Killifish Ultimate Care Guide, Size, Diet, Breeding, Tankmates & All |2022

By: Martin McAdam
Updated: April 3, 2022

Killifish is a very popular fish for both beginners and experienced aquarists alike. They are small fish, making them an ideal choice for a small aquarium, and they come in a variety of colors, some of which can be quite striking. There are many different types of Killifish, so it is important to do your research before purchasing one to ensure that it will be compatible with your other fish.

Killifish are not particularly difficult to care for, but there are a few things to keep in mind. They are very sensitive to water quality, so regular water changes and filtration are necessary. They also prefer to live in groups, so purchasing at least three or four is best.

In this guide, we will cover the basics of how to care for Killifish. We will discuss the tank size, water parameters, diet that they require, and how to deal with common problems.

So, without further ado, let's get started!

Scientific name:Aphyosemion
Common name:African Killifish, killi
Family:Aplocheilidae
Size:1-2 inches (2.5-5 cm)
Life span:3 months to 5 years (Species Dependent)
Habitat:Killifish are found in Africa, South America, and Central America
Behavior:Killifish are schooling fish and should be kept in groups of three or more
Tank size:20 Gallons per pair
Water temperature:68-75 degrees Fahrenheit
ph Range:6.8-7.6
Water hardness:Hard to soft
Water Type:Freshwater
Activity level:Moderate
Compatibility:Usually peaceful, but can be aggressive towards other fish of the same species
Tankmates:Many, but avoid fish that are larger than the Killifish
Care Level:Easy
Diet:Carnivore, but can be trained to eat flake food

Species Summary

The Killifish is a proud member of the Aplocheilidae family and is found in the warm climates of Africa, South America, and Central America. These fish get their common name because they are known to kill and eat smaller fish.

The Killifish is a schooling fish, so it is best to keep them in groups of three or more. They are peaceful fish, but they can be aggressive towards other fish of the same species. They should not be kept with larger fish than they are, as they may become prey.

Size & Growth Rate

As far as size goes, Killifish generally only grows about 1-2 inches (2.5-5 cm) long. However, some species can get up to 6 inches (15 cm) in length.

As for the growth rate, this will vary depending on the species of Killifish. Some species grow quickly, while others grow more slowly.

However, Killifish will generally grow about an inch (2.5 cm) per year.

Lifespan

The average Killifish lifespan is around 2-5 years in an aquarium. Left in the wild, this fish's lifespan would be much shorter due to predation and disease. If you want your fish to live a long life, it is important to provide them with the best care possible.

Appearance

Killifish come in a wide variety of colors and patterns, making them some of the most beautiful fish in the aquarium hobby. Some common colors include red, blue, yellow, green, and black. They also come in various patterns, including spots, stripes, and blotches.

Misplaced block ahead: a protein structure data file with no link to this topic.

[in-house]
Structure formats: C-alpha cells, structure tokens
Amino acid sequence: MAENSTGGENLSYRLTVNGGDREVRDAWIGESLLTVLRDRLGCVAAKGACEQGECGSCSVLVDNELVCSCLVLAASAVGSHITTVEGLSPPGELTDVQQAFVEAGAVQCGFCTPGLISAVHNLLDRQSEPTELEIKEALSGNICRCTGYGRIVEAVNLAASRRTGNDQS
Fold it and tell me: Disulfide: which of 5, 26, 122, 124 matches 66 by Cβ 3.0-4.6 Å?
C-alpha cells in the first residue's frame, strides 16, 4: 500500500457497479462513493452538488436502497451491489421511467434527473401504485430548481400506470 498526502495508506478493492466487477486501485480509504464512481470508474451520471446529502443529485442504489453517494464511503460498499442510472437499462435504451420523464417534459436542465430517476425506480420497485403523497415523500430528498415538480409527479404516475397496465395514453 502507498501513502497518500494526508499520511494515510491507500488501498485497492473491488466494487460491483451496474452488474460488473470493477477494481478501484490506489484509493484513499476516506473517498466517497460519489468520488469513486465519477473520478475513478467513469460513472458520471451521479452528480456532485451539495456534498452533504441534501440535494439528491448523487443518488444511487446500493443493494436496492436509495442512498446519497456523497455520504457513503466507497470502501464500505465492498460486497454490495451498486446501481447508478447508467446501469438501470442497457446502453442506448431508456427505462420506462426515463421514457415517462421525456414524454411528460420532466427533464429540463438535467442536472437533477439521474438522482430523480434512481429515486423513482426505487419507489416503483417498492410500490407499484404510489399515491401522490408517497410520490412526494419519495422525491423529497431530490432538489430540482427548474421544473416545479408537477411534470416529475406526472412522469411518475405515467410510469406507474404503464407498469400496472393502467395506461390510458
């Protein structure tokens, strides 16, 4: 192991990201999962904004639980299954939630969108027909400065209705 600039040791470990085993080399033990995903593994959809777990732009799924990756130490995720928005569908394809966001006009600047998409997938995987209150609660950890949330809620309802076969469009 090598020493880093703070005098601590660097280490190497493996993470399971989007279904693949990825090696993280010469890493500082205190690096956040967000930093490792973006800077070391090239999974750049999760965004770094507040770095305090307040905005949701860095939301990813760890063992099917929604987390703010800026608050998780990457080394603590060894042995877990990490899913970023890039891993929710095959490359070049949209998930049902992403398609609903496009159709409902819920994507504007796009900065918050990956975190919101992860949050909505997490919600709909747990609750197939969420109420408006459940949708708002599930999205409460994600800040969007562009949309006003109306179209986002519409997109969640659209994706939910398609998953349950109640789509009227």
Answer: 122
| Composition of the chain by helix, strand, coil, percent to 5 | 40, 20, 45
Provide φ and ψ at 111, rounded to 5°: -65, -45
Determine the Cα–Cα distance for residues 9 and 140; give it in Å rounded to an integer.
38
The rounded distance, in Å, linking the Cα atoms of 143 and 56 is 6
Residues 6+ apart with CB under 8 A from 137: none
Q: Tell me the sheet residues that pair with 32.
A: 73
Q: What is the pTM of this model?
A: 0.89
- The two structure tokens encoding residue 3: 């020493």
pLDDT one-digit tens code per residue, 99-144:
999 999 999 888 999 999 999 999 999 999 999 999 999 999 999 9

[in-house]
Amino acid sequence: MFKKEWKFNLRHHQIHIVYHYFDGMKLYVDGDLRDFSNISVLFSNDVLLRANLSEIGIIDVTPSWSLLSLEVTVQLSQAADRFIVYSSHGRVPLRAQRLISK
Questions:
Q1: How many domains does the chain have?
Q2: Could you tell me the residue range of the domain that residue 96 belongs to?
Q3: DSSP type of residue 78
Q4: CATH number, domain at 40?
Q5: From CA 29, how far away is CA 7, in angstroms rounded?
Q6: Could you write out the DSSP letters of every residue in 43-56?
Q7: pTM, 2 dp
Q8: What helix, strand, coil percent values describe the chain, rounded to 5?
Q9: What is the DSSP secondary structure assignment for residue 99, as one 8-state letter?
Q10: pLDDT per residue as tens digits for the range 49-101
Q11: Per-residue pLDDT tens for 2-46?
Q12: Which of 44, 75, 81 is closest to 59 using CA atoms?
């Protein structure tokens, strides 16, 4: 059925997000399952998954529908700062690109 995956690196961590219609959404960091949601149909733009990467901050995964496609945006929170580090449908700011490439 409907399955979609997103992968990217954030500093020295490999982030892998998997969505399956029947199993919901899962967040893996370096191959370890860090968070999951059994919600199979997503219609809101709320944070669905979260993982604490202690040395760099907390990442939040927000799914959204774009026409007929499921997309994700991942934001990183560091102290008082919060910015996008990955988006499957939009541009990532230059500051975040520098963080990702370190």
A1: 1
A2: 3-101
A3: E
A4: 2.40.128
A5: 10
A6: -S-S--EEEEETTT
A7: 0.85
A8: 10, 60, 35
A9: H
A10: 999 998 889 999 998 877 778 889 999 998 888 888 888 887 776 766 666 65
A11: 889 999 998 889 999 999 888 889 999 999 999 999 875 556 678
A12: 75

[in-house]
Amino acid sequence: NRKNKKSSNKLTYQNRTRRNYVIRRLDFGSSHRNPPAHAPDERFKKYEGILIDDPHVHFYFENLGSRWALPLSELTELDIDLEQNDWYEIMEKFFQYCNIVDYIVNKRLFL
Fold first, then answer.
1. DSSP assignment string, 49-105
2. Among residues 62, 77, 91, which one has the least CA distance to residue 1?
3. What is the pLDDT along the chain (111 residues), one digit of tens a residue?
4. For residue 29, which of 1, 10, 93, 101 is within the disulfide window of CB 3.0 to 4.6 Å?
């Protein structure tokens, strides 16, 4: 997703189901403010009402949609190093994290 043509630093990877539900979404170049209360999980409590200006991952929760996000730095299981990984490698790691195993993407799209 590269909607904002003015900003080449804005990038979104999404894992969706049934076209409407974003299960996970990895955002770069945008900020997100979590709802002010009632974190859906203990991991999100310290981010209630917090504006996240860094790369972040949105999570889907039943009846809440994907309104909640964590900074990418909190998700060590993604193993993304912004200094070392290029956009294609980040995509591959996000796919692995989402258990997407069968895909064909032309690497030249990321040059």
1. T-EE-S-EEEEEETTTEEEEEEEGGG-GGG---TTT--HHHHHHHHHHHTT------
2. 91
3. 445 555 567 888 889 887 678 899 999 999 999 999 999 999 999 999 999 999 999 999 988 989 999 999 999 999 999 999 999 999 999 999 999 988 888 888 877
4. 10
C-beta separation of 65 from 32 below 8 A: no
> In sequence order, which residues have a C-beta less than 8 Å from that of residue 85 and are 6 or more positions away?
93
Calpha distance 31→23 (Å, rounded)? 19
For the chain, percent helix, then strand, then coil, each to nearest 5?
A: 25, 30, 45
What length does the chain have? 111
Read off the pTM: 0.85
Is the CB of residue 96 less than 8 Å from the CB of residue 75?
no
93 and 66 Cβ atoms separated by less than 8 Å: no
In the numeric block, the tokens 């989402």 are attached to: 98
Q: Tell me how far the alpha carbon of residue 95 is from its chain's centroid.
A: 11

Like almost every other fish, the males are usually more brightly colored than the females. The males also tend to be smaller than the females. Females are typically drab in coloration and grow to be larger than males.

The tops of these fish's heads are often different from the rest of their bodies. This is known as the "eyespot" and is used to attract mates. The fish's mouth sits low on its head, and its eyes are located on the sides of its head. Its teeth are generally small and pointed, perfect for catching small prey.

The vast majority of Killifish have two anal fins. However, there are a few species that only have one. So, if you're unsure whether your fish has one or two anal fins, it's best to consult a professional. The fins of a Killifish can be a great indicator of its age – the longer and more filamentous the fins, the older the fish.

Males and females of most species can be told apart by their fins. Males usually have longer and more filamentous fins than females, while females often have shorter and less showy fins.

Behavior & Temperament

For the most part, Killifish are peaceful fish. They can be kept with various other fish, as long as the other fish are not too large. They are also not known to be particularly territorial.

However, there are some exceptions. Male Killifish can be aggressive towards each other during spawning season. If you have multiple males in your tank, you may need to separate them during this time.

Spawning season for Killifish typically lasts from May to September. During this time, the males will become increasingly aggressive towards each other. If you have multiple males in your tank, you may need to separate them during this time.